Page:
Origin of belief
Synonyms for belief
Examples from the Web for belief
Contemporary Examples of belief
One wonders if his subsequent battles with the “Evil Empire” were animated by this belief.The Evangelical Apocalypse Is All Your Fault
January 4, 2015
The incident sparked his belief in Santa, but he would have to wait nearly two decades before dressing up as Jolly St. Nick.
The congressman traces his belief in Santa Claus back 40 years, when he was a student going to college “on the GI Bill.”
His belief that officers really did find his fingerprints at the scene seems to have encouraged his false confession.How the U.S. Justice System Screws Prisoners with Disabilities
December 16, 2014
If any belief summed up the players I was writing about, here it was.A West Point MVP Who Never Played a Down
December 13, 2014
Historical Examples of belief
They laid Paralus upon a couch, with the belief that he slept to wake no more.Philothea
Lydia Maria Child
She had a belief that her father's house was nicer than other people's houses.Life and Death of Harriett Frean
So we voice our hope and our belief that we can help to heal this divided world.
In Hal Dozier there was a belief that the end justified the means.Way of the Lawless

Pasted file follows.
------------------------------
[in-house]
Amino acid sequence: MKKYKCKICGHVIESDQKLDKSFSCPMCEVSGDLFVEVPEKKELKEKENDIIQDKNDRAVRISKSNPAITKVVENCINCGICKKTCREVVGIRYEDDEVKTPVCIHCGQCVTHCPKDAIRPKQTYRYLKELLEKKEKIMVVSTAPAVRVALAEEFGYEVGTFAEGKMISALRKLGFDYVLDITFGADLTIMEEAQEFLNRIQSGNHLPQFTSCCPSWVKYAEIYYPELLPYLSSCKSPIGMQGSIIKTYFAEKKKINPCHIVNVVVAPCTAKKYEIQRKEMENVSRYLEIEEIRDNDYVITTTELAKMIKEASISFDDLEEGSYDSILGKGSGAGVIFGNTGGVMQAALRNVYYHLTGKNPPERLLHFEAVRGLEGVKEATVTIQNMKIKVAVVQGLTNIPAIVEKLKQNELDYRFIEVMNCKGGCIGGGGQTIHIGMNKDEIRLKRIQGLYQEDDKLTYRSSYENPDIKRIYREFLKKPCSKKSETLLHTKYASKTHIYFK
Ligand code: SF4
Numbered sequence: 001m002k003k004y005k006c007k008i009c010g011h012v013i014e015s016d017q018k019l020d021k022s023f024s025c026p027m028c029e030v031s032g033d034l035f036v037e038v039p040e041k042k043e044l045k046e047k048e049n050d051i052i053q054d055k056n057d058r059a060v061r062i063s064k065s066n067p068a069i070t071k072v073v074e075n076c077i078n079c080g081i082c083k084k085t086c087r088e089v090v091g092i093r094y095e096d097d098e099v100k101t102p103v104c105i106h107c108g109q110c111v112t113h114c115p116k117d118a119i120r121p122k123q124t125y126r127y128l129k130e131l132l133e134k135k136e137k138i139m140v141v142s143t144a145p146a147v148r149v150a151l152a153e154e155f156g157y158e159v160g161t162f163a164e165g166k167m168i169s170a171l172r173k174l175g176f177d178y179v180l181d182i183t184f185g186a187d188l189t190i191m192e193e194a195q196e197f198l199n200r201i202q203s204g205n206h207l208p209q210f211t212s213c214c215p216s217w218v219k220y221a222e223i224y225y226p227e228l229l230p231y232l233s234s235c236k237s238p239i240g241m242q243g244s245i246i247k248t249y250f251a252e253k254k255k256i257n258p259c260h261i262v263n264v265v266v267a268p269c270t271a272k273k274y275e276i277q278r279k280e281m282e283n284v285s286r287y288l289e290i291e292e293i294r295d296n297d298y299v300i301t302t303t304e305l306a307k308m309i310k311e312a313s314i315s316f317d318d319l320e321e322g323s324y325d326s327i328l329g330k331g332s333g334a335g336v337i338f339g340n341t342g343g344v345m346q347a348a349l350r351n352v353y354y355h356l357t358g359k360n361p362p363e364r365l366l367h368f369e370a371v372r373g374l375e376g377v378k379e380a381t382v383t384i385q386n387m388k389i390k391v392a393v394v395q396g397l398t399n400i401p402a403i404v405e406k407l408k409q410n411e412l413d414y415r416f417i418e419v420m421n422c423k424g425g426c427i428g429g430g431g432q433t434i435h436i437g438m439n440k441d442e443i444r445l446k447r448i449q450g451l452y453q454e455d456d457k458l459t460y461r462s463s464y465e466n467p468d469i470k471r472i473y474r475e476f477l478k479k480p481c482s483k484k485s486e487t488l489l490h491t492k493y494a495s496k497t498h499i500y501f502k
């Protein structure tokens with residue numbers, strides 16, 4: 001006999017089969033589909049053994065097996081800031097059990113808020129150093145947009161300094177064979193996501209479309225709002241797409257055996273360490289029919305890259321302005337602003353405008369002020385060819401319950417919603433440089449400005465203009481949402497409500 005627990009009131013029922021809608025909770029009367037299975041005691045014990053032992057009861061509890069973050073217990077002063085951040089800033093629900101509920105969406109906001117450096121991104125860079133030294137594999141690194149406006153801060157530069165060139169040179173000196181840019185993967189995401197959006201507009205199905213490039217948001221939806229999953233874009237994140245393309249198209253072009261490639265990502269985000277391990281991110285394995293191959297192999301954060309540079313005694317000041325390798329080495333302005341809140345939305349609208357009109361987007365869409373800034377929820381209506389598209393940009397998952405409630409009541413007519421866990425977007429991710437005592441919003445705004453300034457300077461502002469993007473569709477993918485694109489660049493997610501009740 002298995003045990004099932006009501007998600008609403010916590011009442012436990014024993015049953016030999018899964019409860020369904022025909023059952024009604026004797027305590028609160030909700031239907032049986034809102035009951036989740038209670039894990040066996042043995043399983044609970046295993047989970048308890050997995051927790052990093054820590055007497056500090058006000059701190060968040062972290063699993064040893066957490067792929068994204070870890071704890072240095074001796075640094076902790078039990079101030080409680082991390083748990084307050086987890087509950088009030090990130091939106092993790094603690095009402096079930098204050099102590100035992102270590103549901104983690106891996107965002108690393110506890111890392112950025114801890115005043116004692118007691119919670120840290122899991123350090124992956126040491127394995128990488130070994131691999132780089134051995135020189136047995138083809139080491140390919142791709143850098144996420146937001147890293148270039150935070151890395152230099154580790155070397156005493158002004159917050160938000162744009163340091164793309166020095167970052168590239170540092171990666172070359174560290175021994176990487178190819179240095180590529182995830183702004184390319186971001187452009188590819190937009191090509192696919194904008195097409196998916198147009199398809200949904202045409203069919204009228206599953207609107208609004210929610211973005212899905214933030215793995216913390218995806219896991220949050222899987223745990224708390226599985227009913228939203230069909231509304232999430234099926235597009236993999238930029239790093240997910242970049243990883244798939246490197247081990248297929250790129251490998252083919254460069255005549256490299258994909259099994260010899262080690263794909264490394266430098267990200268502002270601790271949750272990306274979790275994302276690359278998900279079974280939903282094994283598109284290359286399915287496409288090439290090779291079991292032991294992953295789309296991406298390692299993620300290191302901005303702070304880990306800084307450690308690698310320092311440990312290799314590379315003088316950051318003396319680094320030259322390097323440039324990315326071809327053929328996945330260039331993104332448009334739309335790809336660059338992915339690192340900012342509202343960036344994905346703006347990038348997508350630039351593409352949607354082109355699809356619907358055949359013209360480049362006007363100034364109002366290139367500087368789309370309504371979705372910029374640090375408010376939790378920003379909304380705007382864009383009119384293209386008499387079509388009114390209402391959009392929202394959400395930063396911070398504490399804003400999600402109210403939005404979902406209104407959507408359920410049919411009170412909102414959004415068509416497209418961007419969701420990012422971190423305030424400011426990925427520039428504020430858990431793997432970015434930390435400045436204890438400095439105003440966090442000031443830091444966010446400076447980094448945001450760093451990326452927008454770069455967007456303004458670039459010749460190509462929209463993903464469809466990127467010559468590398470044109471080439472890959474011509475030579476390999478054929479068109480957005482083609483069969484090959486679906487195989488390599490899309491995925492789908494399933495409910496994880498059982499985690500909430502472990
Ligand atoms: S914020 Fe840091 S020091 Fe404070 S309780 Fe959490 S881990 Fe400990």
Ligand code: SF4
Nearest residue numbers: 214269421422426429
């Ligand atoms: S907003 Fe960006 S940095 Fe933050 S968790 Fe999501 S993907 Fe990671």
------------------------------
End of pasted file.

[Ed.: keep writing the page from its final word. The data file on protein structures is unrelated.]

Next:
The less you understood the more credit your belief became to you.The Conquest of Fear
late 12c., bileave, replacing Old English geleafa "belief, faith," from West Germanic *ga-laubon "to hold dear, esteem, trust" (cf. Old Saxon gilobo, Middle Dutch gelove, Old High German giloubo, German Glaube), from *galaub- "dear, esteemed," from intensive prefix *ga- + *leubh- "to care, desire, like, love" (see love (v.)). The prefix was altered on analogy of the verb believe. The distinction of the final consonant from that of believe developed 15c.
"The be-, which is not a natural prefix of nouns, was prefixed on the analogy of the vb. (where it is naturally an intensive) .... [OED]
Belief used to mean "trust in God," while faith meant "loyalty to a person based on promise or duty" (a sense preserved in keep one's faith, in good (or bad) faith and in common usage of faithful, faithless, which contain no notion of divinity). But faith, as cognate of Latin fides, took on the religious sense beginning in 14c. translations, and belief had by 16c. become limited to "mental acceptance of something as true," from the religious use in the sense of "things held to be true as a matter of religious doctrine" (a sense attested from early 13c.).